The COVID-19 pandemic has wreaked significant economic damage globally, with unemployment rates rising and stock markets having sunk to new lows. For investors, however, disruption also creates opportunity.
The bursting of the dotcom bubble two decades ago resulted in the collapse of many businesses, but at the same time, it also allowed young innovators such as Amazon to grow. Uber and Spotify, meanwhile, were born out of the 2008 recession.
While primarily a tragedy, the pandemic will undoubtedly also provide chances for any start-up ready and willing to make moves now that will allow them to grow and prosper.
Capital ready to deploy
Though certain strategic investors are likely to slow down, there are multiple VCs currently sitting on a large amount of dry powder and who will be looking to invest. Given there is an economic slowdown ahead, start-ups need to act now to secure funding while there is still money available. Funds that have the capital to deploy will be seeking businesses with lower valuations, making young companies perfectly placed to position themselves for investment.
Indeed, data suggests funds that actively invest during a period of economic downturn come away with higher returns than usual.
UK investors in the start-up environment have taken pains to stress that they are very much continuing to be open for business, indicating that funds will be opportunistic in the coming months. Numerous top-tier European funds, including EQT Ventures, Index and Lakestar, have all announced new funds during the last six months, indicating fresh capital is ready to be deployed.
As such, VCs will be needing long-term investment opportunities and will be ready to consider early-stage deals. However, they might focus on adaptability, with resilience and due diligence also key.
The benefit of the start-up
The UK start-up sector has enjoyed relatively large and enduring levels of investment during the reasonably steady environment of the past decade. Start-ups also provide an opportunity when agility is more vital – for example, during periods of instability. Early-stage pre-revenue technology start-ups are relatively less risky since they have no exposure to the market and no supplier risk.
Investors will be interested in companies they believe will be able to withstand an economic downturn, meaning start-ups with robust mitigation plans in their go-to-market strategies will be in a good position to gain investment.
Founders must therefore ensure they have defined their timing and fundraising goals, taken the time to map out target investors and necessary fundraising materials, and built investor pitches. Since investors are increasingly having to use video and call conferencing calls, this is also a great chance to reach people across the world, as well as to connect with those that may have more time on their hands while at home.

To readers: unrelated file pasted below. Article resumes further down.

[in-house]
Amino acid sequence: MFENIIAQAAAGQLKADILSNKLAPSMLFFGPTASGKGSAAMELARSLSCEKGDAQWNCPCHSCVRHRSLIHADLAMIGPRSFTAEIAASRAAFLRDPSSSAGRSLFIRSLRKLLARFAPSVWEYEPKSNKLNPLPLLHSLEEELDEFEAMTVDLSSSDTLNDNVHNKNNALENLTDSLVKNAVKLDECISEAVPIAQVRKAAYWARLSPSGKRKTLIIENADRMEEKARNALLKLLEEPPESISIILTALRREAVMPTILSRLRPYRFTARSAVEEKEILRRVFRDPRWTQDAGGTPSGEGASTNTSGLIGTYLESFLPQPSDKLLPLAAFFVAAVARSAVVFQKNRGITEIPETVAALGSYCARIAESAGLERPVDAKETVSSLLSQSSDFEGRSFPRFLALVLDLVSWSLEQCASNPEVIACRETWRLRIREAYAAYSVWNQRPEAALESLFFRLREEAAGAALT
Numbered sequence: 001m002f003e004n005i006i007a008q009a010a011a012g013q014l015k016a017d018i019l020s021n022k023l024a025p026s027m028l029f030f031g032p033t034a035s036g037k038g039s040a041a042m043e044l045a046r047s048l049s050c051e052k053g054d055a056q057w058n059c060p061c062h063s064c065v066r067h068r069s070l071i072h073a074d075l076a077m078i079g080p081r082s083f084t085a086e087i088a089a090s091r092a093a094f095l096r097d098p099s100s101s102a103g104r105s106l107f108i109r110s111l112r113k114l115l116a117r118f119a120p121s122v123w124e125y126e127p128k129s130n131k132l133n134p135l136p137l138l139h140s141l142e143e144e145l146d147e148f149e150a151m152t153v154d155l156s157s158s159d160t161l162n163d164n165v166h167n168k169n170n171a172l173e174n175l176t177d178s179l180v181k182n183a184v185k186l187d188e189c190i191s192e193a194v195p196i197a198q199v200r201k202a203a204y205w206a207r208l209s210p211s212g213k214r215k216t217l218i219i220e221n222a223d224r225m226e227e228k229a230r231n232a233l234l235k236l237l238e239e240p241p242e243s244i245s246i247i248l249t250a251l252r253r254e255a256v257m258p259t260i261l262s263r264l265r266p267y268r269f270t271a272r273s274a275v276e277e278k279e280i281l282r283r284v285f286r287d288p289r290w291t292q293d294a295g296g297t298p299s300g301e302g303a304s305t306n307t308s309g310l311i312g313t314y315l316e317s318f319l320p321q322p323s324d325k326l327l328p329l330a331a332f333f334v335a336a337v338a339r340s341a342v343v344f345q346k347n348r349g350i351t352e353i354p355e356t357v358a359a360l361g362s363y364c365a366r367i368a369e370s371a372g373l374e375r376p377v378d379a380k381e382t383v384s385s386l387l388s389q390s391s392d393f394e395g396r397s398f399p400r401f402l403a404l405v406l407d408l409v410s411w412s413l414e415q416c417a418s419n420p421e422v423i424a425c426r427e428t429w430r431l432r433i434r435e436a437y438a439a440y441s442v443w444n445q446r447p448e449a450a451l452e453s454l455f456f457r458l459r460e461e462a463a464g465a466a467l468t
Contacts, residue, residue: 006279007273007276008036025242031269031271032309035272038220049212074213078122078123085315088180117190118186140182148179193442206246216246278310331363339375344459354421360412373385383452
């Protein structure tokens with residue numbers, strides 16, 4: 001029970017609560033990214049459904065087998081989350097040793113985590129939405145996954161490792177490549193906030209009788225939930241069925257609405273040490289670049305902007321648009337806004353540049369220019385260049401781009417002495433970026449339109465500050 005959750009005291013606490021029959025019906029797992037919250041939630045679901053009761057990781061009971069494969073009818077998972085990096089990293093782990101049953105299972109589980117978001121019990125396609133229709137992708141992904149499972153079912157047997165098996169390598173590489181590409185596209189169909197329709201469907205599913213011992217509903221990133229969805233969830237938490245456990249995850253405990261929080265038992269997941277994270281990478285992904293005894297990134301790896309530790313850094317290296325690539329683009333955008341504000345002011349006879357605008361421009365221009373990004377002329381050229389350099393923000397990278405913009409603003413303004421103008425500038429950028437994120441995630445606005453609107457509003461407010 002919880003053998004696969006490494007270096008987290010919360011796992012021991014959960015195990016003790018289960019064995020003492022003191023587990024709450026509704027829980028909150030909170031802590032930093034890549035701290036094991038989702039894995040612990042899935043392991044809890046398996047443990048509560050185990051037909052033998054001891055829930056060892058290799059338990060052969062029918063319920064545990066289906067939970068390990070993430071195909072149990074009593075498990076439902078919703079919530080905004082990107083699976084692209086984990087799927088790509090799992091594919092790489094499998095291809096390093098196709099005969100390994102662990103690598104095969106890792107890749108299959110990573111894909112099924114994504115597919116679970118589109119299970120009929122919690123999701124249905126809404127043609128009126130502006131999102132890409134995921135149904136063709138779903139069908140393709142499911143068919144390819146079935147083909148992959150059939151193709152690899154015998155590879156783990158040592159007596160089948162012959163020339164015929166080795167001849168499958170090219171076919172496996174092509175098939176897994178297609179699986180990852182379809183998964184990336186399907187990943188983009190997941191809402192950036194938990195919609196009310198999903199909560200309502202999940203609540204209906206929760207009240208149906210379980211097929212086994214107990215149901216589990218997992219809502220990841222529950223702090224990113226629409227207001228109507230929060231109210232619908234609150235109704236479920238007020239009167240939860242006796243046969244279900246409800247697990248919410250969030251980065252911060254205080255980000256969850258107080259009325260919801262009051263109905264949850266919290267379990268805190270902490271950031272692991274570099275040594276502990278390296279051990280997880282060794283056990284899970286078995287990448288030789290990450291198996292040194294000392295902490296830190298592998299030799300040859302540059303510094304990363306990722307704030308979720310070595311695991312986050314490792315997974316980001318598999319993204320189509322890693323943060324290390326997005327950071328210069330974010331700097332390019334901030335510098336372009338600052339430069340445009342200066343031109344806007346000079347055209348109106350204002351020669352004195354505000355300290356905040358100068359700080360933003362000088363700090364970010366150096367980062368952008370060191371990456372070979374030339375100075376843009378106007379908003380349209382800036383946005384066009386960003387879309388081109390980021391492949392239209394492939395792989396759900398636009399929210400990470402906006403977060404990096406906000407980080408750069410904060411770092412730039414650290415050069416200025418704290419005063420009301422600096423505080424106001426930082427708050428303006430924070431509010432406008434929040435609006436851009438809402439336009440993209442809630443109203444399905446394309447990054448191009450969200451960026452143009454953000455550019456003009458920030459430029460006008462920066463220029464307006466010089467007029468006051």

The time is ripe for development and hiring
A major challenge start-ups face is in finding and attracting top talent, especially when resources are much more limited than those of larger established businesses. With the present economic conditions resulting in a large number of layoffs across the UK, the US and Europe, more high-quality talent is available worldwide than usual for building an effective team. Start-ups must seize this opportunity to grow while there is additionally reduced competition for hiring.
The UK Government’s generous support schemes are available to assist start-ups in gaining funding. For example, the Seed Enterprise Investment Scheme (SEIS) and Enterprise Investment Scheme (EIS) have been created to encourage investment into start-ups and early growth-stage companies by offering tax incentives to investors.
Investors are able to make an equity investment of up to £100,000 per tax year under SEIS or £1,000,000 per tax year under EIS (with a higher annual limit for companies with more innovative businesses). Most UK angel investors see SEIS and EIS as a crucial condition of their investment, and qualification for these schemes is uncomplicated.
In addition, the Government has recently announced a major increase to the grant funding for the most innovative companies, administered by Innovate UK. At the same time, the new Future Fund scheme provides support to slightly later stage start-ups seeking to raise a convertible loan with matched funding provided by the Government.
Start-ups must be focused and strategic when looking to raise capital. Tech start-ups that are agile and innovative are in a great position to flourish, particularly those who can demonstrate sustainability and an ability to withstand an economic downturn. People are looking for long-term success and businesses that can help us build back better will ultimately win favour with investors.
Michael Buckworth is CEO and managing director at Buckworths.
The views and opinions expressed in this Viewpoint article are solely those of the author(s) and do not reflect the views and opinions of Fintech Bulletin.